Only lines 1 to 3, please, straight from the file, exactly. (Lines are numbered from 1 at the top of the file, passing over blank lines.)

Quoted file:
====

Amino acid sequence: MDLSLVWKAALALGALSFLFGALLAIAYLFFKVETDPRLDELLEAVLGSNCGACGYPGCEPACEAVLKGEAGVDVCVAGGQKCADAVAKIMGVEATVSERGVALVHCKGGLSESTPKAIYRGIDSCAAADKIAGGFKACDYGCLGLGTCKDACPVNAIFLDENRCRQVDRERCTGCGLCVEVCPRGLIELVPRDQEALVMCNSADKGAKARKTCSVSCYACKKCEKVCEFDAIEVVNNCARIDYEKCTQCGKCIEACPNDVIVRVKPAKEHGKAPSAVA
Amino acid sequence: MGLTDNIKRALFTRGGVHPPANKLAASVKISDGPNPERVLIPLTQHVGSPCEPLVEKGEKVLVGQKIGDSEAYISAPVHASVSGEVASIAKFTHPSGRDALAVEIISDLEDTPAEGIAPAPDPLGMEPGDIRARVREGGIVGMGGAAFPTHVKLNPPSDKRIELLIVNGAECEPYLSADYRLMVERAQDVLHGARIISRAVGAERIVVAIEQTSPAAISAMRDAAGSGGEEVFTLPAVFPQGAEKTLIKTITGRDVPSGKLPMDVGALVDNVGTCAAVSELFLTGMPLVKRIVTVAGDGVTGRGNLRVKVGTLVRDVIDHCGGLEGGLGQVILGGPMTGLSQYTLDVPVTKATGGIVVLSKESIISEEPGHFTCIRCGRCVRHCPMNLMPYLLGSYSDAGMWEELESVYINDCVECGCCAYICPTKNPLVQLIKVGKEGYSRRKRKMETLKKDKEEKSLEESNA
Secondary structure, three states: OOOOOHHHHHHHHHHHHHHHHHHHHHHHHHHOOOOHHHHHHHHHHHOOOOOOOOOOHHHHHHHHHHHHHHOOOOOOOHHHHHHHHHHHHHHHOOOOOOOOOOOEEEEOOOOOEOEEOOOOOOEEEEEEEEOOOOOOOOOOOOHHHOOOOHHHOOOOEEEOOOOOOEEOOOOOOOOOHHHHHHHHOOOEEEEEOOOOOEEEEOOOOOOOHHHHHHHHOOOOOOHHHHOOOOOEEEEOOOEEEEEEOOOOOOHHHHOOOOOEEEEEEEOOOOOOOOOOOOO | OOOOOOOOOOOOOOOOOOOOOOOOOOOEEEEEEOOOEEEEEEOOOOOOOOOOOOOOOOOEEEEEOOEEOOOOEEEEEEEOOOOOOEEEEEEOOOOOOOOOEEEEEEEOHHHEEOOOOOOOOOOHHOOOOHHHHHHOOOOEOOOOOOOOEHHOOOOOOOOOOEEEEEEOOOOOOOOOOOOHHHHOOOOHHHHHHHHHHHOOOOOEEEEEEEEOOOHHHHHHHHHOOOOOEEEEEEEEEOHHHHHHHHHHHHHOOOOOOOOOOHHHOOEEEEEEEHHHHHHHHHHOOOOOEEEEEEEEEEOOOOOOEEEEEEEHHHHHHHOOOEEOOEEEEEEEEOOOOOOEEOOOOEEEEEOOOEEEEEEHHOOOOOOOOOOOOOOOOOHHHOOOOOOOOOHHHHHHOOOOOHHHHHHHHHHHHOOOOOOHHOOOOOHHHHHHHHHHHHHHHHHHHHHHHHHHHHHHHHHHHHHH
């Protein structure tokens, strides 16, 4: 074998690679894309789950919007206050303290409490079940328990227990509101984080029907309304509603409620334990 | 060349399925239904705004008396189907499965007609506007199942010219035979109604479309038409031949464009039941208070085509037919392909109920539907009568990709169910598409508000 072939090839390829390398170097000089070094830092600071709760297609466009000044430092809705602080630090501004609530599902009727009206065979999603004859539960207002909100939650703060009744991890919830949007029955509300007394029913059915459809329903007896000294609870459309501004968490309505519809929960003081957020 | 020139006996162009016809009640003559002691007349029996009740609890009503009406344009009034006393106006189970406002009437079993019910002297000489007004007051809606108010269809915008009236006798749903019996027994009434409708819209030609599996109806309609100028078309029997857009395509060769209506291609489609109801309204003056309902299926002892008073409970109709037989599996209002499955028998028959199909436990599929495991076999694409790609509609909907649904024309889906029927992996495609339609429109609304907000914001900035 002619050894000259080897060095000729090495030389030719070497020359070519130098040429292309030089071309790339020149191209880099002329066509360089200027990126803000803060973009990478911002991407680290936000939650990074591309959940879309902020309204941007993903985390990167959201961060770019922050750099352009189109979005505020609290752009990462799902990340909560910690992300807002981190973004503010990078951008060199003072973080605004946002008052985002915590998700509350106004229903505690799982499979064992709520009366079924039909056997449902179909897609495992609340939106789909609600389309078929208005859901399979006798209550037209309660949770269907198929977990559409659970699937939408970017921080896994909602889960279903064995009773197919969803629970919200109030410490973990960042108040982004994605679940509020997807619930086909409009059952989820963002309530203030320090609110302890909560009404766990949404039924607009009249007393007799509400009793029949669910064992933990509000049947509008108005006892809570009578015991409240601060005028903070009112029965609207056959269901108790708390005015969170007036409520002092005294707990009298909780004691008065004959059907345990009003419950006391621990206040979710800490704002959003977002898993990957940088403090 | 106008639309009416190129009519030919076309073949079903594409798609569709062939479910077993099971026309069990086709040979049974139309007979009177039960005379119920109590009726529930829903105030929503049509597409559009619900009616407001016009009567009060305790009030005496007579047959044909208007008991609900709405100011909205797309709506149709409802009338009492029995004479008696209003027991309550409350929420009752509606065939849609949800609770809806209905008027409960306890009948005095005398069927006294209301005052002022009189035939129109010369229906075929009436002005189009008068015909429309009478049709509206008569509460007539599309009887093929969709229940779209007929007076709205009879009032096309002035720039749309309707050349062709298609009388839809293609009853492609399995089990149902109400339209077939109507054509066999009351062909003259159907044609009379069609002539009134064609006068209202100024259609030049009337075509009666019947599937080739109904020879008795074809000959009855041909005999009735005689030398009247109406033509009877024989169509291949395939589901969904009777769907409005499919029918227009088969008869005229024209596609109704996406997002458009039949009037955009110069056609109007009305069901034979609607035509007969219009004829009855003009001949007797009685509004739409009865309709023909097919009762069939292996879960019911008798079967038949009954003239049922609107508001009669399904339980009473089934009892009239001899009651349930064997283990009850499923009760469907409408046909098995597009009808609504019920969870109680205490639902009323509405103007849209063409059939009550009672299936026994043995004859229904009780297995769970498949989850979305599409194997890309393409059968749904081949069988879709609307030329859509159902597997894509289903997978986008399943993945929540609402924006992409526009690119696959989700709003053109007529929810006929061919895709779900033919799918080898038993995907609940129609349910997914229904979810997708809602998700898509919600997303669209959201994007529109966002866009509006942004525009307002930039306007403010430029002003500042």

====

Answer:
Amino acid sequence: MDLSLVWKAALALGALSFLFGALLAIAYLFFKVETDPRLDELLEAVLGSNCGACGYPGCEPACEAVLKGEAGVDVCVAGGQKCADAVAKIMGVEATVSERGVALVHCKGGLSESTPKAIYRGIDSCAAADKIAGGFKACDYGCLGLGTCKDACPVNAIFLDENRCRQVDRERCTGCGLCVEVCPRGLIELVPRDQEALVMCNSADKGAKARKTCSVSCYACKKCEKVCEFDAIEVVNNCARIDYEKCTQCGKCIEACPNDVIVRVKPAKEHGKAPSAVA
Amino acid sequence: MGLTDNIKRALFTRGGVHPPANKLAASVKISDGPNPERVLIPLTQHVGSPCEPLVEKGEKVLVGQKIGDSEAYISAPVHASVSGEVASIAKFTHPSGRDALAVEIISDLEDTPAEGIAPAPDPLGMEPGDIRARVREGGIVGMGGAAFPTHVKLNPPSDKRIELLIVNGAECEPYLSADYRLMVERAQDVLHGARIISRAVGAERIVVAIEQTSPAAISAMRDAAGSGGEEVFTLPAVFPQGAEKTLIKTITGRDVPSGKLPMDVGALVDNVGTCAAVSELFLTGMPLVKRIVTVAGDGVTGRGNLRVKVGTLVRDVIDHCGGLEGGLGQVILGGPMTGLSQYTLDVPVTKATGGIVVLSKESIISEEPGHFTCIRCGRCVRHCPMNLMPYLLGSYSDAGMWEELESVYINDCVECGCCAYICPTKNPLVQLIKVGKEGYSRRKRKMETLKKDKEEKSLEESNA
Secondary structure, three states: OOOOOHHHHHHHHHHHHHHHHHHHHHHHHHHOOOOHHHHHHHHHHHOOOOOOOOOOHHHHHHHHHHHHHHOOOOOOOHHHHHHHHHHHHHHHOOOOOOOOOOOEEEEOOOOOEOEEOOOOOOEEEEEEEEOOOOOOOOOOOOHHHOOOOHHHOOOOEEEOOOOOOEEOOOOOOOOOHHHHHHHHOOOEEEEEOOOOOEEEEOOOOOOOHHHHHHHHOOOOOOHHHHOOOOOEEEEOOOEEEEEEOOOOOOHHHHOOOOOEEEEEEEOOOOOOOOOOOOO | OOOOOOOOOOOOOOOOOOOOOOOOOOOEEEEEEOOOEEEEEEOOOOOOOOOOOOOOOOOEEEEEOOEEOOOOEEEEEEEOOOOOOEEEEEEOOOOOOOOOEEEEEEEOHHHEEOOOOOOOOOOHHOOOOHHHHHHOOOOEOOOOOOOOEHHOOOOOOOOOOEEEEEEOOOOOOOOOOOOHHHHOOOOHHHHHHHHHHHOOOOOEEEEEEEEOOOHHHHHHHHHOOOOOEEEEEEEEEOHHHHHHHHHHHHHOOOOOOOOOOHHHOOEEEEEEEHHHHHHHHHHOOOOOEEEEEEEEEEOOOOOOEEEEEEEHHHHHHHOOOEEOOEEEEEEEEOOOOOOEEOOOOEEEEEOOOEEEEEEHHOOOOOOOOOOOOOOOOOHHHOOOOOOOOOHHHHHHOOOOOHHHHHHHHHHHHOOOOOOHHOOOOOHHHHHHHHHHHHHHHHHHHHHHHHHHHHHHHHHHHHHH